(Reuters) - On Tuesday, U.S. Democratic presidential candidate Michael Bloomberg unveiled a sweeping, left-leaning financial services agenda.
While Bloomberg’s platform does not go as far as that of progressive firebrand and financial services heavyweight Elizabeth Warren, it echoes her platform in several respects:
Among the most eye-catching proposals outlined by Bloomberg on Tuesday was a tax of 0.1% on transactions in stocks, bonds and payments on derivative contracts. Warren has pushed a very similar tax as a means to fund ambitious social programs including a universal heath care plan.
Both candidates have said that they would try to reverse efforts by President Donald Trump’s administration to weaken financial system safeguards introduced in the wake of the 2007-2009 financial crisis.
On Tuesday, Bloomberg called for reversing a “Trump-era decline” in equity levels at the largest U.S. financial institutions and toughening banks’ annual health checks, echoing Warren’s platform.
The two candidates deviate when it comes to investment bank trading: while Bloomberg has called for regulators to restore the Volcker Rule banning banks from proprietary trading, Warren has gone much further by calling for big banks to be broken up in order to sever taxpayer-protected deposits from investment banking.
On Tuesday, Bloomberg outlined a number of consumer protection proposals, hitting on one of Warren’s sweet spots. Like Warren, Bloomberg called for a more robust Consumer Financial Protection Bureau (CFPB), an agency that Warren helped create following the crisis but which both candidates say has been defanged under the Trump administration.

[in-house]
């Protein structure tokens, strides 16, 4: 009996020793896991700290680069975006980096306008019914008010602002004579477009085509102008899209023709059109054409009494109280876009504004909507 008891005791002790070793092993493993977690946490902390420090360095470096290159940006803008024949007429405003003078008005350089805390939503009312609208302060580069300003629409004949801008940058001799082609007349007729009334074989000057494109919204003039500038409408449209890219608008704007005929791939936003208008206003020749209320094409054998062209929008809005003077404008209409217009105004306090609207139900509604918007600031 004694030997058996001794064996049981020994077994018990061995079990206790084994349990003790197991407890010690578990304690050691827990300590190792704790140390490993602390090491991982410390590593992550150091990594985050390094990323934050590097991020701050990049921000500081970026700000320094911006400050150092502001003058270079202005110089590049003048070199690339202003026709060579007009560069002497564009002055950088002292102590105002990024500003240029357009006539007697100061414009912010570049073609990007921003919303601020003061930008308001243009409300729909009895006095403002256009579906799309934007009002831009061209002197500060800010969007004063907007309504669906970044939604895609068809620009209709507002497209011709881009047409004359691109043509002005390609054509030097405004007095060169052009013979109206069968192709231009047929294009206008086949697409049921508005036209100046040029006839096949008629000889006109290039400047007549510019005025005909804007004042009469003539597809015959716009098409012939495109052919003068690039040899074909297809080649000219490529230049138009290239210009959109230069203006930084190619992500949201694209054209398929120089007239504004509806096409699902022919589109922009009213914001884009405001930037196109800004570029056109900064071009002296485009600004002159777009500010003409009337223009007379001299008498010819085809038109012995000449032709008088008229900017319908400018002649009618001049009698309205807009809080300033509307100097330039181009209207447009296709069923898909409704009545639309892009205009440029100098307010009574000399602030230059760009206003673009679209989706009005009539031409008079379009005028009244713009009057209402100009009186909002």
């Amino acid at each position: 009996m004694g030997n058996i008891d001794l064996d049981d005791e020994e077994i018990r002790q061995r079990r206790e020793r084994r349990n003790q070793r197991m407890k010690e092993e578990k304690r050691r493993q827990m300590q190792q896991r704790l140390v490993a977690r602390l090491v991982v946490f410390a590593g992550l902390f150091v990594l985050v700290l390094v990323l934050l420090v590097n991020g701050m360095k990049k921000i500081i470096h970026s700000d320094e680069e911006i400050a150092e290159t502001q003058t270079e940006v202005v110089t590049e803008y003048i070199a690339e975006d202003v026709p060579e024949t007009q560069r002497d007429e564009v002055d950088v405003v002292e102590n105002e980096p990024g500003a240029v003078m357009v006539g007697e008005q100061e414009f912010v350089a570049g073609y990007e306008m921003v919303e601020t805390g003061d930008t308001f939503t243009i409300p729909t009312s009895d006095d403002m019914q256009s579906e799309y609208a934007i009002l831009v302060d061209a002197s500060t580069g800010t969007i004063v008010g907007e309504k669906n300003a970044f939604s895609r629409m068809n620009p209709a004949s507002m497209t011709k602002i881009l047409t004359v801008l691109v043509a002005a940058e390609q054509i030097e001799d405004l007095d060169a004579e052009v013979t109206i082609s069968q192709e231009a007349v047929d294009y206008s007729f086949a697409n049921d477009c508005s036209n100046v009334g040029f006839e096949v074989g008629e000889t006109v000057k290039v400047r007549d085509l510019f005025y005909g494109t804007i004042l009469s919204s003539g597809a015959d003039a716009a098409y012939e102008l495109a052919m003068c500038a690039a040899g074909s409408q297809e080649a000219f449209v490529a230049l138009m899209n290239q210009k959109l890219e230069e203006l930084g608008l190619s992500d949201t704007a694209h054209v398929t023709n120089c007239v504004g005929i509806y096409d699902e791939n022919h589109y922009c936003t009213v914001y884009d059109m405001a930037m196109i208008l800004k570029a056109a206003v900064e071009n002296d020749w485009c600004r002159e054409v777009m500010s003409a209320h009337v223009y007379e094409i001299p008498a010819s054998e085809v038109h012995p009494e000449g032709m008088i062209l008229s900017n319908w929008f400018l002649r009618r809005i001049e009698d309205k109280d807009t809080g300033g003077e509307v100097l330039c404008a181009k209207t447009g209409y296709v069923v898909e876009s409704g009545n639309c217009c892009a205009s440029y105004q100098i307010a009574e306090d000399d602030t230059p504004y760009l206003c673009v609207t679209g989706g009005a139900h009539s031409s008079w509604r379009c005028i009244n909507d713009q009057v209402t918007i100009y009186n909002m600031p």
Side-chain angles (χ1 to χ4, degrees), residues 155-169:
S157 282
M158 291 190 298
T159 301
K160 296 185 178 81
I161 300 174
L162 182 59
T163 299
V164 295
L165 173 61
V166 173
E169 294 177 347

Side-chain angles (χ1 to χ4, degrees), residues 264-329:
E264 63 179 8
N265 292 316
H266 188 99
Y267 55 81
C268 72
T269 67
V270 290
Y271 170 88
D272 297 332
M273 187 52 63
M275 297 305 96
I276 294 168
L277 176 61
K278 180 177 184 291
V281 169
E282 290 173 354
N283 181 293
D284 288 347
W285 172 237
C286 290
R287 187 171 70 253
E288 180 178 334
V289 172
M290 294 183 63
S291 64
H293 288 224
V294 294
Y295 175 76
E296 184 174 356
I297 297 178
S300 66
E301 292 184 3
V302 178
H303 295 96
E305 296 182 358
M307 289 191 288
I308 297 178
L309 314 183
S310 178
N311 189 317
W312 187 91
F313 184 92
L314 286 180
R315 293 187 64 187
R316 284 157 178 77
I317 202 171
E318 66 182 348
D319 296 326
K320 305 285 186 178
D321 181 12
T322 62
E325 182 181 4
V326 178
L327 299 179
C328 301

According to Bloomberg, his administration would bolster a CFPB curb on payday lenders that has been diluted by the Trump administration, and would revive a ban on enforced mandatory arbitration overturned by the Republican-led Senate. He said he would also introduce curbs on debt collectors.
He also went after another of Warren’s favorite targets, the credit reporting companies. Bloomberg proposd new privacy and data security rules and said he would empower consumers to dispute or potentially sue the companies for harmful practices.
Bloomberg’s platform also aims to address the student loan crisis by automatically enrolling undergraduate students in income-based repayment plans, installing caps on debt payments and making it easier to discharge student debt via bankruptcy.
Student loan relief is also a central plank of Warren’s platform, although she has gone much further than Bloomberg, proposing the cancellation of up to $50,000 in student debt.
On Tuesday, Bloomberg ventured into another of Warren’s wheelhouses - access to financial services. Nearly 85 million Americans do not have a bank account or only have access to basic banking services, according to Federal Deposit Insurance Corporation data compiled in 2017. Like Warren, Bloomberg on Tuesday advocated for the U.S. Postal Service to provide banking services, exploiting its wide distribution network.
Both candidates have called for cracking down on white-collar crime with larger fines and more individual accountability for executives involved in corporate scandals. Bloomberg on Tuesday said he would create a dedicated Department of Justice corporate crime prosecutors unit, curb settlement agreements in which prosecutors extract fines without filing charges and boost protections for whistleblowers.
They have both said they would like to beef up efforts to combat money laundering through the disclosure of “beneficial owners,” the individuals ultimately behind U.S. companies.
Reporting by Suzanne Barlyn; Editing by Andrea Ricci